Repeated exposure to cocaine differently modulates BDNF mRNA and protein levels in rat striatum and prefrontal cortex

Authors

  • Fabio Fumagalli,

    1. Center of Neuropharmacology, Department of Pharmacological Sciences, University of Milan, Via Balzaretti 9, 20133 Milan, Italy
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  • Laura Di Pasquale,

    1. Center of Neuropharmacology, Department of Pharmacological Sciences, University of Milan, Via Balzaretti 9, 20133 Milan, Italy
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  • Lucia Caffino,

    1. Center of Neuropharmacology, Department of Pharmacological Sciences, University of Milan, Via Balzaretti 9, 20133 Milan, Italy
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  • Giorgio Racagni,

    1. Center of Neuropharmacology, Department of Pharmacological Sciences, University of Milan, Via Balzaretti 9, 20133 Milan, Italy
    2. I.R.C.C.S. San Giovanni di Dio-Fatebenefratelli, Brescia, Italy
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  • Marco Andrea Riva

    1. Center of Neuropharmacology, Department of Pharmacological Sciences, University of Milan, Via Balzaretti 9, 20133 Milan, Italy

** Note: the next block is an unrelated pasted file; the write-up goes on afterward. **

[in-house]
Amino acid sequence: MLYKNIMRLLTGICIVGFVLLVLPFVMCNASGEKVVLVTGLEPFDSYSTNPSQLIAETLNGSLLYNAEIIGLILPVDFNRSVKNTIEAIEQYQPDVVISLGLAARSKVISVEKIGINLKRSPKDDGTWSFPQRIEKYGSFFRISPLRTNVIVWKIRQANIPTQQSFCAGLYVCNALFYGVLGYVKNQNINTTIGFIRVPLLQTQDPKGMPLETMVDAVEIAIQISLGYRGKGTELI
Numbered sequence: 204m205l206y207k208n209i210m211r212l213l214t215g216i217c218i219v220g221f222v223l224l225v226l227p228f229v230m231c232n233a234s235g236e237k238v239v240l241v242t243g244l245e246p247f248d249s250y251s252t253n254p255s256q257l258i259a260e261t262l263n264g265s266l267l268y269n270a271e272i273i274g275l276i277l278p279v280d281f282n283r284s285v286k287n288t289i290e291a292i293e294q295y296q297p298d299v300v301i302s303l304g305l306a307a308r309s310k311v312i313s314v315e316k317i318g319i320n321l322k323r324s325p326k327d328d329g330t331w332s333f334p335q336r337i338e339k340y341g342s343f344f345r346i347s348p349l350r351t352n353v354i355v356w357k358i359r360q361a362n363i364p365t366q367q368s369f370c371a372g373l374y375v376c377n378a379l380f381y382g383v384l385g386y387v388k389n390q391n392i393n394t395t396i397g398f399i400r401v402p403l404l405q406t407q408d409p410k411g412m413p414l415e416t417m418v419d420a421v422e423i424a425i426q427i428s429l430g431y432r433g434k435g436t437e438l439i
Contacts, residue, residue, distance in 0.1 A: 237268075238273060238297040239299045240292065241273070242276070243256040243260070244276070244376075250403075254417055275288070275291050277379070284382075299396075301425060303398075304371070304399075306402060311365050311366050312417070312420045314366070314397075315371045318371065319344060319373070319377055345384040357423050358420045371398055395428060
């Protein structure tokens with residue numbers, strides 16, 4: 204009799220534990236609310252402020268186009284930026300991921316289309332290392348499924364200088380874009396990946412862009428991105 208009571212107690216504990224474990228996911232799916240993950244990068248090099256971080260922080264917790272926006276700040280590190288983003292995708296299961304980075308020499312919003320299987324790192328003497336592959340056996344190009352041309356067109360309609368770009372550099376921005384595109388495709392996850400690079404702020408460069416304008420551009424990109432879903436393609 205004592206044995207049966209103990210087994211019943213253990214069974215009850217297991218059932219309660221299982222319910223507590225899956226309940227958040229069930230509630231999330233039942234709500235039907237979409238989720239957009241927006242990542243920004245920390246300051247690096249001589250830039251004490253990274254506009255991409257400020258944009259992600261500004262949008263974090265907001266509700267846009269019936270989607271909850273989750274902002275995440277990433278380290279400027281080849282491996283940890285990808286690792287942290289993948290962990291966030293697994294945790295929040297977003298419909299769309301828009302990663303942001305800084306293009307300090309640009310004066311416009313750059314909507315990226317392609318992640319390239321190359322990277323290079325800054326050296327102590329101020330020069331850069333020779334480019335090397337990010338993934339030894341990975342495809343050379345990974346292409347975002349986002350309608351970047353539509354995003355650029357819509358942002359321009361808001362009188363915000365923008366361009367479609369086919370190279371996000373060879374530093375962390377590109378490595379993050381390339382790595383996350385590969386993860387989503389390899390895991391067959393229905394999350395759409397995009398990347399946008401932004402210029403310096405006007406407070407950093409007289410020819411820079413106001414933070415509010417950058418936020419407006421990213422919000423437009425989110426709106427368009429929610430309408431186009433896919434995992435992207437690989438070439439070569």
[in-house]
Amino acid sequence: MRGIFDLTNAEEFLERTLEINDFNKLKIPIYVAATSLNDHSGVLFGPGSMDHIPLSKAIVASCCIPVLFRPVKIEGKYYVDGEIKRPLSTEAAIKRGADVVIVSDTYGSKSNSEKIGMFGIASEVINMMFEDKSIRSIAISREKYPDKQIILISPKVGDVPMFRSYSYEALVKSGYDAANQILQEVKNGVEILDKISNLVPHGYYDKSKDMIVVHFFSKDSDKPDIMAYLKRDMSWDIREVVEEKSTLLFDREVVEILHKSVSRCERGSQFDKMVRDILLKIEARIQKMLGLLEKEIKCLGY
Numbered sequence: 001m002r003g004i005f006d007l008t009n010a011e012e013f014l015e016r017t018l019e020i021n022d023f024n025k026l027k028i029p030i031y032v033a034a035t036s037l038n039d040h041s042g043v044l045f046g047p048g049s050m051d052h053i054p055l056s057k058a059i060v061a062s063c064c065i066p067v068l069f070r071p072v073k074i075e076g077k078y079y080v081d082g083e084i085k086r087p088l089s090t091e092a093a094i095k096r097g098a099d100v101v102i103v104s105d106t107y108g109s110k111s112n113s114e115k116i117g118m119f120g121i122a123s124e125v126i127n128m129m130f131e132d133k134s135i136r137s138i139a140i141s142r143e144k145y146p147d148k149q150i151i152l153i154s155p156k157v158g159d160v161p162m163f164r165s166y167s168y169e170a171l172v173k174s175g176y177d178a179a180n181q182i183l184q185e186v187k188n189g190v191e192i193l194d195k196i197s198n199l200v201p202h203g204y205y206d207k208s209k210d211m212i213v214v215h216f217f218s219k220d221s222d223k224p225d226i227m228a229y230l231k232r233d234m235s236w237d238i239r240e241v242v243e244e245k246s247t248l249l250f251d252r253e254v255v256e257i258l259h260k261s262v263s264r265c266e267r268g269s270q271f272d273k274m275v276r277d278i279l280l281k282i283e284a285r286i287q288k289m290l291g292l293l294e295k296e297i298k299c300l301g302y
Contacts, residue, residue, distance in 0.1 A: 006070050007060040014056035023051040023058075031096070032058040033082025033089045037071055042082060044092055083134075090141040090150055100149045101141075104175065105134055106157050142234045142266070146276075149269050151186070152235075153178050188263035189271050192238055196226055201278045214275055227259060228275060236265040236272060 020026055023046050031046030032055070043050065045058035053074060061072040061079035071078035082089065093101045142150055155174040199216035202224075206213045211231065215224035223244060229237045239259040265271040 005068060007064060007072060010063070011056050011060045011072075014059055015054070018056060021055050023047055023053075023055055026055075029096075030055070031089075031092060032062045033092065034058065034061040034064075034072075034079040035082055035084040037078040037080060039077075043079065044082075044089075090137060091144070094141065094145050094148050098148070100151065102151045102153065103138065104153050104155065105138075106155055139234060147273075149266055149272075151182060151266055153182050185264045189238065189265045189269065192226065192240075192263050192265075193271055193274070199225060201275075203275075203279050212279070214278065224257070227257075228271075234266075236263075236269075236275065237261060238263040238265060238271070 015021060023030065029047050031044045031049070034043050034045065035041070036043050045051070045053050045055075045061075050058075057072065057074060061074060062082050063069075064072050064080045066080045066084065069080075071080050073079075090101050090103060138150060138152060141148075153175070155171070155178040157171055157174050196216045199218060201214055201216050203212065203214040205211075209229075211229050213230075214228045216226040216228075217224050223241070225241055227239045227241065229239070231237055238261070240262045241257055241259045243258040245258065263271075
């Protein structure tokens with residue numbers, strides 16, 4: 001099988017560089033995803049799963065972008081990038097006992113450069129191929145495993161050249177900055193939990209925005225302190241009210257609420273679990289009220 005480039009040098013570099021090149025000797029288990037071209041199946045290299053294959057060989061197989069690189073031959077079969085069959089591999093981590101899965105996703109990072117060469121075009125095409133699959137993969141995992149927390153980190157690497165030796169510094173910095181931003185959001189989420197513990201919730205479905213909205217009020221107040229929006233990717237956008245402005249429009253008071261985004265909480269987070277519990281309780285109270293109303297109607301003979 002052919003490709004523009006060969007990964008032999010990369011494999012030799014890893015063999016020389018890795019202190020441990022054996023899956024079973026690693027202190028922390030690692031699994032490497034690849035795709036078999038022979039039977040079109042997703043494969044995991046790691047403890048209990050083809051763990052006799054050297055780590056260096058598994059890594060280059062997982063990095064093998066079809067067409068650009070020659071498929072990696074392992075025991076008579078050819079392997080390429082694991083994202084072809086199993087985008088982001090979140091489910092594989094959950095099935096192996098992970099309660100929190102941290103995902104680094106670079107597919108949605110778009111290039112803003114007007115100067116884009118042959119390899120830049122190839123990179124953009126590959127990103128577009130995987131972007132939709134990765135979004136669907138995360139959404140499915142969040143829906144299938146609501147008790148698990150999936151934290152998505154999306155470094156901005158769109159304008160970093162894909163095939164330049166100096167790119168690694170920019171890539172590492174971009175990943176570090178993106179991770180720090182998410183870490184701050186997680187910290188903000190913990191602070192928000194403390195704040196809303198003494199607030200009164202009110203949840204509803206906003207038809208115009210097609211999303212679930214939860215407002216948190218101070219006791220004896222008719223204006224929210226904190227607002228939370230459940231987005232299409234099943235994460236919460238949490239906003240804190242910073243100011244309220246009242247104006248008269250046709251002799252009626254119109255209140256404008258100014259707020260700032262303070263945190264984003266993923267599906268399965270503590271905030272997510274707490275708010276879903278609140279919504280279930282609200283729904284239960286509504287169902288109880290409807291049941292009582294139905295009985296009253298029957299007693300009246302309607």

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Dr M.A. Riva, as above.
E-mail: M.Riva@unimi.it

Abstract

In this report we investigated the modulation of the neurotrophin brain-derived neurotrophic factor (BDNF) following single or repeated injections with cocaine. Dose–response experiments revealed that a single dose of cocaine (5 mg/kg) is sufficient to upregulate BDNF mRNA levels selectively in rat prefrontal cortex 2 h after the injection, an effect that persists at least for 24 h and is paralleled by enhanced expression of mature (m)BDNF protein. Five consecutive injections of the psychostimulant (5 mg/kg) potentiate the increase of BDNF mRNA levels 2 h after the last treatment, presumably as a result of the enhancement of cAMP response element-binding protein (CREB) phosphorylation, an effect that vanishes 72 h later. Conversely, precursor (pro-) and mBDNF protein forms were markedly reduced 2 h and 72 h post-injection in the prefrontal cortex. Interestingly, in the striatum we found that repeated cocaine injection increased pro-BDNF levels without altering the mature form of the neurotrophin. Our results suggest that cocaine differently affects BDNF transcription and translation in a region-selective manner, but might also alter neurotrophin processing. These data further support the notion that the corticostriatal network is highly vulnerable to the effects of cocaine, and suggest that abnormal regulation of BDNF expression could contribute, at least in part, to the functional defects observed in drug abusers.

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